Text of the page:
The Virtual Museum

The Staff Hat

For anyone associated with Boxwell over the last forty years, the staff hat is probably something with which you are quite familiar. To leaders and Scouts, the staff hat, quite simply, has been the symbol of who is staff and who is not. To the staff, it is a symbol of being part of a unique group, for many, a surrogate family. With each summer, staff members often anxiously await to see what the new hat is going to look like. Will it be something to be proud of or something that they will have to bear for a summer, hoping for a new design next year?

At this point, the staff hat has a long history at Boxwell Reservation. It is a symbol unique to the fourth incarnation of camp; Linton, Narrows of the Harpeth, and Rock Island had no such symbol. Indeed, even Boxwell Reservation had no staff hat throughout the 1960s. A staff shirt, yes, but no staff hat. In fact, it wasn't until the late 1970s that the hat itself became a permanent and expected feature of staff life.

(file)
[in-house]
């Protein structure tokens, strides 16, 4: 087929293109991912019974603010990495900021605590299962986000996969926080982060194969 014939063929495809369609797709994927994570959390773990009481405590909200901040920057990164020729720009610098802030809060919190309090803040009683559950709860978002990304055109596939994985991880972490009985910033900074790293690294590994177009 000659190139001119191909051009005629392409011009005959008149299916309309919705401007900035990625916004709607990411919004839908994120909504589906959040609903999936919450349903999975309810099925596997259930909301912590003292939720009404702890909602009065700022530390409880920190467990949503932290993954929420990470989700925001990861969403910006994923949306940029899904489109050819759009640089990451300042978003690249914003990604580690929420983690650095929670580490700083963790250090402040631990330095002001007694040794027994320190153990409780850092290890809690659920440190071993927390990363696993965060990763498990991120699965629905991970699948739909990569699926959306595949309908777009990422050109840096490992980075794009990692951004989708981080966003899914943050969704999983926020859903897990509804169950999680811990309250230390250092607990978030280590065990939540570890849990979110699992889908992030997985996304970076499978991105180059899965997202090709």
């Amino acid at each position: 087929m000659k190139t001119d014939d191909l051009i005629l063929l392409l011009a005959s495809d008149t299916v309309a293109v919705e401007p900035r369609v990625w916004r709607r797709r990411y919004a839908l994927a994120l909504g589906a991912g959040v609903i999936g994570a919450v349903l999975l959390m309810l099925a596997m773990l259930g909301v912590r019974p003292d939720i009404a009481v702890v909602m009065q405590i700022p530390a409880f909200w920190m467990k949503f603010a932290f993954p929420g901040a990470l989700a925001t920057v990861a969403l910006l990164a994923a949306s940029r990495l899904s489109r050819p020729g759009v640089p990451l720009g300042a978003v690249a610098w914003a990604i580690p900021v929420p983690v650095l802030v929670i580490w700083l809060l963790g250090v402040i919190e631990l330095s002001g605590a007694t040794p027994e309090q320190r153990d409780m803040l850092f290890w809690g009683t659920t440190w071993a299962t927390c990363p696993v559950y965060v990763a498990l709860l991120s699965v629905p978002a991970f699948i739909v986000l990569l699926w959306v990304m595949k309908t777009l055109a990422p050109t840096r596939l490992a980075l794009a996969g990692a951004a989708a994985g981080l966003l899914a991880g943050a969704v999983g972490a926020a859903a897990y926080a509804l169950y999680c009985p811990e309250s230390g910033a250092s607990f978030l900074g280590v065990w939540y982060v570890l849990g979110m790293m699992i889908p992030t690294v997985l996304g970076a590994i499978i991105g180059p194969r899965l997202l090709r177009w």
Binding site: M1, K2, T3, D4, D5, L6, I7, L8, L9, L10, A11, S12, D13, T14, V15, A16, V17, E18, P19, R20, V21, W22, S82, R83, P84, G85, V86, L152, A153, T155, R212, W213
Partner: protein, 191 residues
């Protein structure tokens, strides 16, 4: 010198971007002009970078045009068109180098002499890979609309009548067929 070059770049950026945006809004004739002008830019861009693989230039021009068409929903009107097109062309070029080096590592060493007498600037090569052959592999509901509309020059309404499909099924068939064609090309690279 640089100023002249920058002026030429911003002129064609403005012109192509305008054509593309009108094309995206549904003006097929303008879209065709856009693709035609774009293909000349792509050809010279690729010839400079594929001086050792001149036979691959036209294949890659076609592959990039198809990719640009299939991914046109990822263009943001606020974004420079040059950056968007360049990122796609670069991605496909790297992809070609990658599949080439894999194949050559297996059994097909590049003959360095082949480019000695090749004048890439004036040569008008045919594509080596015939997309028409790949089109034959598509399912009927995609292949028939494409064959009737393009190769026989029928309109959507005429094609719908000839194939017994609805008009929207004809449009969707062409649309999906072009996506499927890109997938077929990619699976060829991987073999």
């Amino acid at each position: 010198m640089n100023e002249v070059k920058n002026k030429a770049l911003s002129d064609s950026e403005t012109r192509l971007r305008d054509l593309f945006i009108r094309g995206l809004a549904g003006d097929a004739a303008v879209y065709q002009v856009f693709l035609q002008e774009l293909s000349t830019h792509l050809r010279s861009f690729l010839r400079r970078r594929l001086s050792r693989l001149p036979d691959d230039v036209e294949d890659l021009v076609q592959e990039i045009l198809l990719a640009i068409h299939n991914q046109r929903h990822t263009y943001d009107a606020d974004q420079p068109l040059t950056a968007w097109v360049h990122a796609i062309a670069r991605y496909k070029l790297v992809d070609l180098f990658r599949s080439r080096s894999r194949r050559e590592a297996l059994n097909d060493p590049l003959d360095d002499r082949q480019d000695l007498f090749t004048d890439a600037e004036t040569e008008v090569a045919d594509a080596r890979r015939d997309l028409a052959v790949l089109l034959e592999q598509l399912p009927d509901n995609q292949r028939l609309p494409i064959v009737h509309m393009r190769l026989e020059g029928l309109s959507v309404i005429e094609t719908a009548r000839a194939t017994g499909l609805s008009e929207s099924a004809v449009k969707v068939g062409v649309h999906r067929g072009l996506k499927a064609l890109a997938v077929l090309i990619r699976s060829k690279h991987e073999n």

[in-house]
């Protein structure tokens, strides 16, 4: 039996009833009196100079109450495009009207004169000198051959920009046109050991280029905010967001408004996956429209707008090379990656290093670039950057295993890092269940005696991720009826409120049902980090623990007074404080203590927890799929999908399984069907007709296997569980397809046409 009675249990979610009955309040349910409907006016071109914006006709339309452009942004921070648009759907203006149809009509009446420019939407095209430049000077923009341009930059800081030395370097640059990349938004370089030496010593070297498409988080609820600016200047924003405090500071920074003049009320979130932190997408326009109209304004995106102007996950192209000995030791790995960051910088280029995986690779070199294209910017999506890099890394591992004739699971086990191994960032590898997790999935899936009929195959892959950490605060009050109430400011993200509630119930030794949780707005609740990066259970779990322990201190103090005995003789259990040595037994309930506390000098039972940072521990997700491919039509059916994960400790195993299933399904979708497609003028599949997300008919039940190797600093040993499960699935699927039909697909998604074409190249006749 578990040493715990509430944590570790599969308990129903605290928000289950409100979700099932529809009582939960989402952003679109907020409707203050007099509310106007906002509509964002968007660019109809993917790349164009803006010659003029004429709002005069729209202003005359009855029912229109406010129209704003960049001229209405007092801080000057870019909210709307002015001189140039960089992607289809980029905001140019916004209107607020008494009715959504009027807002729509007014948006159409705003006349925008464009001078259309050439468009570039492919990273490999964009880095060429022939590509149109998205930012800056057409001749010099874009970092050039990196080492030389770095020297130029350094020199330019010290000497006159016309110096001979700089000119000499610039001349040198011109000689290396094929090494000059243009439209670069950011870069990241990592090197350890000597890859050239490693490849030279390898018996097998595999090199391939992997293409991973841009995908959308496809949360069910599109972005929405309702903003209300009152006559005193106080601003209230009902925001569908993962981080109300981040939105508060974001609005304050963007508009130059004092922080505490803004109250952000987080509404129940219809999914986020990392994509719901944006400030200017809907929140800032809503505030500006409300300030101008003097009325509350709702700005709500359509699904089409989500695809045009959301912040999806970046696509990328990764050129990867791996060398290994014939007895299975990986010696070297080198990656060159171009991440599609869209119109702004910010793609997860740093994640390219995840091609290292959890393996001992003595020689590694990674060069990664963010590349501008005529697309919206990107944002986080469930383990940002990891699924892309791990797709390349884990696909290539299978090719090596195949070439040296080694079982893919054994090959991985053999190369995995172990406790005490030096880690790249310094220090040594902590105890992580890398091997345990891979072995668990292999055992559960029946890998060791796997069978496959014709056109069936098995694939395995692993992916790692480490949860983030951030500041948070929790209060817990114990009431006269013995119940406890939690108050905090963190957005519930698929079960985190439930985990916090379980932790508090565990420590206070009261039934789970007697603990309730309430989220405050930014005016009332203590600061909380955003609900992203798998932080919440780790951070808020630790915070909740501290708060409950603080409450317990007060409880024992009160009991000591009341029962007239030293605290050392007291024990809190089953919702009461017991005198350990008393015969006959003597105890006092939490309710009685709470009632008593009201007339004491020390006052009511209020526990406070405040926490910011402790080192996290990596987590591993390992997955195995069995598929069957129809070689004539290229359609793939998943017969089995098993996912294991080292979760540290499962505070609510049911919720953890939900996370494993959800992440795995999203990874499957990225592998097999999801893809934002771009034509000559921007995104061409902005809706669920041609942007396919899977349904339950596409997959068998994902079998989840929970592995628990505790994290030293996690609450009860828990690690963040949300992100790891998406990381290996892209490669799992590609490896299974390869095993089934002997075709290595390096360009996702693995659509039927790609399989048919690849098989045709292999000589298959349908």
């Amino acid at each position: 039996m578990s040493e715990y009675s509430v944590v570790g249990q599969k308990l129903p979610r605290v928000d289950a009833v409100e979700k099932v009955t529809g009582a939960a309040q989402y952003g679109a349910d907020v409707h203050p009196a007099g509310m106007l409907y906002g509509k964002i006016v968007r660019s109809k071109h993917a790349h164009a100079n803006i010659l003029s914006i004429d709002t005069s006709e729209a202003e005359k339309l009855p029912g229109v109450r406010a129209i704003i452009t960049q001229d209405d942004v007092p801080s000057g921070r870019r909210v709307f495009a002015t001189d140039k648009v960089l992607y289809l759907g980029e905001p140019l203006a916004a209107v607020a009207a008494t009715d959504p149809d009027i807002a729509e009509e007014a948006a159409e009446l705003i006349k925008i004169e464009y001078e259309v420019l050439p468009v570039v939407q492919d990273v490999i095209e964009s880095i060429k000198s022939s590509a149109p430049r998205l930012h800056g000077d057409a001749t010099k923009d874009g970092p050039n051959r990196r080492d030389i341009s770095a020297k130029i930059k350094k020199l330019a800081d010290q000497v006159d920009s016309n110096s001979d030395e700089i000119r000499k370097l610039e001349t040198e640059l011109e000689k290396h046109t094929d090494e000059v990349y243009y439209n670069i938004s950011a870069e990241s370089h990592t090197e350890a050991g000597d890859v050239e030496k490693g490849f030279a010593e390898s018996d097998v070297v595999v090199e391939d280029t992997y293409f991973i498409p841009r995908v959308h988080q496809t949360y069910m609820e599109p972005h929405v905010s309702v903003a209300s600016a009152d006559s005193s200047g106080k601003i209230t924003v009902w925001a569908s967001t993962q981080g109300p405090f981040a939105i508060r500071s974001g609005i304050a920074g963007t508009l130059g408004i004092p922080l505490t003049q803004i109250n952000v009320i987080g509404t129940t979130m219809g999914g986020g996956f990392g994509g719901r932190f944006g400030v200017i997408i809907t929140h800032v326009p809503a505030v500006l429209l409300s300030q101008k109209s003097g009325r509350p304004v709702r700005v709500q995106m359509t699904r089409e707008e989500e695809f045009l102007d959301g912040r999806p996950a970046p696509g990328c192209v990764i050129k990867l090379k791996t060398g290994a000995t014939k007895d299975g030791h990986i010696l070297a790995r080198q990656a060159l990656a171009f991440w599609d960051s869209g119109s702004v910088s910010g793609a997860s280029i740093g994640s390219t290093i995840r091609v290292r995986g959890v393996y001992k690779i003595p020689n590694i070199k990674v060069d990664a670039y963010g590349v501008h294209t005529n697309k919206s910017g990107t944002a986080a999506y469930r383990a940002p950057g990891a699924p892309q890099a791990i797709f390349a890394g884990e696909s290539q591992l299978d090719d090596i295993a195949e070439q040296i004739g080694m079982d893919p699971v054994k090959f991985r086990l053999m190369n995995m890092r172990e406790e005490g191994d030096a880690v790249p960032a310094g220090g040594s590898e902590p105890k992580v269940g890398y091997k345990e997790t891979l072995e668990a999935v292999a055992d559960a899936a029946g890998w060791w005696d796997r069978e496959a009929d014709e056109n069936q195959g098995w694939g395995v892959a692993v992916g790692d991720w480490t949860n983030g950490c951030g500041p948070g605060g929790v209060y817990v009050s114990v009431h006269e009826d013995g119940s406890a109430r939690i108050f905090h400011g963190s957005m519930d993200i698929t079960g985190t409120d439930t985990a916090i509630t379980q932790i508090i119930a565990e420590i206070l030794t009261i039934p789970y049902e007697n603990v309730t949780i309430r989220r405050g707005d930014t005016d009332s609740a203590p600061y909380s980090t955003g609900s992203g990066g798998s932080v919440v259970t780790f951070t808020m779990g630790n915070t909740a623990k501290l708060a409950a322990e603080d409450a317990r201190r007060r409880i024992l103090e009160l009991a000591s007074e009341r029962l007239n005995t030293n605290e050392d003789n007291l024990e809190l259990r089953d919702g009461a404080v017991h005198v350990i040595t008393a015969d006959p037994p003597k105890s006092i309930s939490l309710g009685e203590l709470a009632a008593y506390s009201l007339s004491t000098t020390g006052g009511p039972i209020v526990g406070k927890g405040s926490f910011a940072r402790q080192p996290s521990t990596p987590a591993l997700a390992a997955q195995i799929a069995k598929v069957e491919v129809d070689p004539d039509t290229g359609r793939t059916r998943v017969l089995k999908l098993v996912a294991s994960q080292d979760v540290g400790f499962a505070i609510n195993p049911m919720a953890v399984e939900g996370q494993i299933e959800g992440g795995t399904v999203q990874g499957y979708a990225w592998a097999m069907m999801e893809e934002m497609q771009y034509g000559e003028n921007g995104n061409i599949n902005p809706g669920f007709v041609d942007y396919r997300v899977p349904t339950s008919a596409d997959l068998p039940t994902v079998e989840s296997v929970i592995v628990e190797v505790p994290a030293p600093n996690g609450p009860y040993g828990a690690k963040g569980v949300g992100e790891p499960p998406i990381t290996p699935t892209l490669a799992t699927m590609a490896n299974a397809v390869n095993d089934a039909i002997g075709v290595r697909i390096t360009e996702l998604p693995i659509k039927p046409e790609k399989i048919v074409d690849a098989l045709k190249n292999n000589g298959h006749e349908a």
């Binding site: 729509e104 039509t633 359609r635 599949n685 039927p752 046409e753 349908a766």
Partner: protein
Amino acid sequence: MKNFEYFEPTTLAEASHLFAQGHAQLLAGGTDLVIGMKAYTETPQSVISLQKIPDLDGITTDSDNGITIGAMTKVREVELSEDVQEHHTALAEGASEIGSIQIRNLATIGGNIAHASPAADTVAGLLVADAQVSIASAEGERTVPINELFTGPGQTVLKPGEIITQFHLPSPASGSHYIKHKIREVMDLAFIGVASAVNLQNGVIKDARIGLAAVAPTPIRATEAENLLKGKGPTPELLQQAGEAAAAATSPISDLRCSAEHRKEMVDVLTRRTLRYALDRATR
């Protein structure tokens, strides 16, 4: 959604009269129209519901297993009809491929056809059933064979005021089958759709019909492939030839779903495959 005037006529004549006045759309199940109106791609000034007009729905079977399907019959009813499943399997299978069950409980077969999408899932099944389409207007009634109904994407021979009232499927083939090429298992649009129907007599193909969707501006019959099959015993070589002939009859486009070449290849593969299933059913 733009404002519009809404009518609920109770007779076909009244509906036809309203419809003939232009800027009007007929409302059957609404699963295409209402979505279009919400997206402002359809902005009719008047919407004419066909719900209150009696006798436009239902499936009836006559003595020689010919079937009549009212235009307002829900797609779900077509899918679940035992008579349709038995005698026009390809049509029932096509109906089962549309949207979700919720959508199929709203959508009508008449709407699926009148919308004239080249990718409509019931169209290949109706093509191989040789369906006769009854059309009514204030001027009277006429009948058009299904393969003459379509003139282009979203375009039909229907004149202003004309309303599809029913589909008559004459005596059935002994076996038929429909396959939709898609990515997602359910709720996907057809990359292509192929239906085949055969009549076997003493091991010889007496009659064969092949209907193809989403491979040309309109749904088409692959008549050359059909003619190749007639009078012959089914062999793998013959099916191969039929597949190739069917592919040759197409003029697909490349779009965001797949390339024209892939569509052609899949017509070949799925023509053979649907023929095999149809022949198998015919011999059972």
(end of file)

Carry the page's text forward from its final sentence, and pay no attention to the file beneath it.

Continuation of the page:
The Human Era, 1970-1975

The first staff hat appeared under Reservation Director Ed Human. At this point, staff shirts had been a regular feature of the staff. Indeed, Human had also introduced name tags: a white name tage with a red "label maker" sticker on it with the staff member's last name. In 1972, Human introduced the first staff hat. It was a green hat with a black patch with gold lettering that simply stated, "Boxwell Reservation Staff, 1972." Human brought back the hat in 1973, this time red with a grey patch with blue lettering. However, Human was not happy with the hats. As Russ Parham explains, "I recall Ed Human saying something to the effect that these hats lead to inflated egos by the staff so he dropped the idea in 1974." Thus the first hats passed into history.

The Willhite Era, 1976-1996